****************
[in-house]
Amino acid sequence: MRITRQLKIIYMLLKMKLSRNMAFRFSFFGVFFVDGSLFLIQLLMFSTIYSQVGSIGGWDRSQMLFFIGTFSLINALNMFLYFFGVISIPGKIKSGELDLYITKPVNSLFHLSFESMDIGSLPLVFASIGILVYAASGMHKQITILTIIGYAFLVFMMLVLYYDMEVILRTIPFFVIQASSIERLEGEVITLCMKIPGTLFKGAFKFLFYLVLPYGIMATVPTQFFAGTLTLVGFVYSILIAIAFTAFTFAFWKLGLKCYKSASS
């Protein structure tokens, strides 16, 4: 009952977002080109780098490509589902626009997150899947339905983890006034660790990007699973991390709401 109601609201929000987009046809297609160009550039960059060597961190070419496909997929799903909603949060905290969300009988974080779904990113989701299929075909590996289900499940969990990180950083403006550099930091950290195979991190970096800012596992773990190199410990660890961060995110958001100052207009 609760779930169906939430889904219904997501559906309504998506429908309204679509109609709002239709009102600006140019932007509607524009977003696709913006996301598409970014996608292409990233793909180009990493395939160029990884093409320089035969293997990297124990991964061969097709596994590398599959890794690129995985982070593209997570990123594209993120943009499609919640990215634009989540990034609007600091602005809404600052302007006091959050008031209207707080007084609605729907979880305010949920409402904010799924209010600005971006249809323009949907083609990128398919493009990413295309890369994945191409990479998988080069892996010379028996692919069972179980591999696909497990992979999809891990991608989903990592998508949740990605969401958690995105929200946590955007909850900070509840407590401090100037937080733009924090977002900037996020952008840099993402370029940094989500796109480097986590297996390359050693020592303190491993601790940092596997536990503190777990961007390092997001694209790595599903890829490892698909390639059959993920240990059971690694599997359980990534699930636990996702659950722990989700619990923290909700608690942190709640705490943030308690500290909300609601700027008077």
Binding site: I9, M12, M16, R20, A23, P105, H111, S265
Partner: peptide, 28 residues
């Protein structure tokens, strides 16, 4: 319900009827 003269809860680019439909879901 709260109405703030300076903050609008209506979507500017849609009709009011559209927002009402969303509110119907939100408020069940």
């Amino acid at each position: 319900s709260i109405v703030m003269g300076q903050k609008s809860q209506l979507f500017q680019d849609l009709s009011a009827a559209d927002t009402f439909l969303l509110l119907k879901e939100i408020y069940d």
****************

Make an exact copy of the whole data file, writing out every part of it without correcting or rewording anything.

[in-house]
Amino acid sequence: MRITRQLKIIYMLLKMKLSRNMAFRFSFFGVFFVDGSLFLIQLLMFSTIYSQVGSIGGWDRSQMLFFIGTFSLINALNMFLYFFGVISIPGKIKSGELDLYITKPVNSLFHLSFESMDIGSLPLVFASIGILVYAASGMHKQITILTIIGYAFLVFMMLVLYYDMEVILRTIPFFVIQASSIERLEGEVITLCMKIPGTLFKGAFKFLFYLVLPYGIMATVPTQFFAGTLTLVGFVYSILIAIAFTAFTFAFWKLGLKCYKSASS
């Protein structure tokens, strides 16, 4: 009952977002080109780098490509589902626009997150899947339905983890006034660790990007699973991390709401 109601609201929000987009046809297609160009550039960059060597961190070419496909997929799903909603949060905290969300009988974080779904990113989701299929075909590996289900499940969990990180950083403006550099930091950290195979991190970096800012596992773990190199410990660890961060995110958001100052207009 609760779930169906939430889904219904997501559906309504998506429908309204679509109609709002239709009102600006140019932007509607524009977003696709913006996301598409970014996608292409990233793909180009990493395939160029990884093409320089035969293997990297124990991964061969097709596994590398599959890794690129995985982070593209997570990123594209993120943009499609919640990215634009989540990034609007600091602005809404600052302007006091959050008031209207707080007084609605729907979880305010949920409402904010799924209010600005971006249809323009949907083609990128398919493009990413295309890369994945191409990479998988080069892996010379028996692919069972179980591999696909497990992979999809891990991608989903990592998508949740990605969401958690995105929200946590955007909850900070509840407590401090100037937080733009924090977002900037996020952008840099993402370029940094989500796109480097986590297996390359050693020592303190491993601790940092596997536990503190777990961007390092997001694209790595599903890829490892698909390639059959993920240990059971690694599997359980990534699930636990996702659950722990989700619990923290909700608690942190709640705490943030308690500290909300609601700027008077």
Binding site: I9, M12, M16, R20, A23, P105, H111, S265
Partner: peptide, 28 residues
């Protein structure tokens, strides 16, 4: 319900009827 003269809860680019439909879901 709260109405703030300076903050609008209506979507500017849609009709009011559209927002009402969303509110119907939100408020069940």
């Amino acid at each position: 319900s709260i109405v703030m003269g300076q903050k609008s809860q209506l979507f500017q680019d849609l009709s009011a009827a559209d927002t009402f439909l969303l509110l119907k879901e939100i408020y069940d």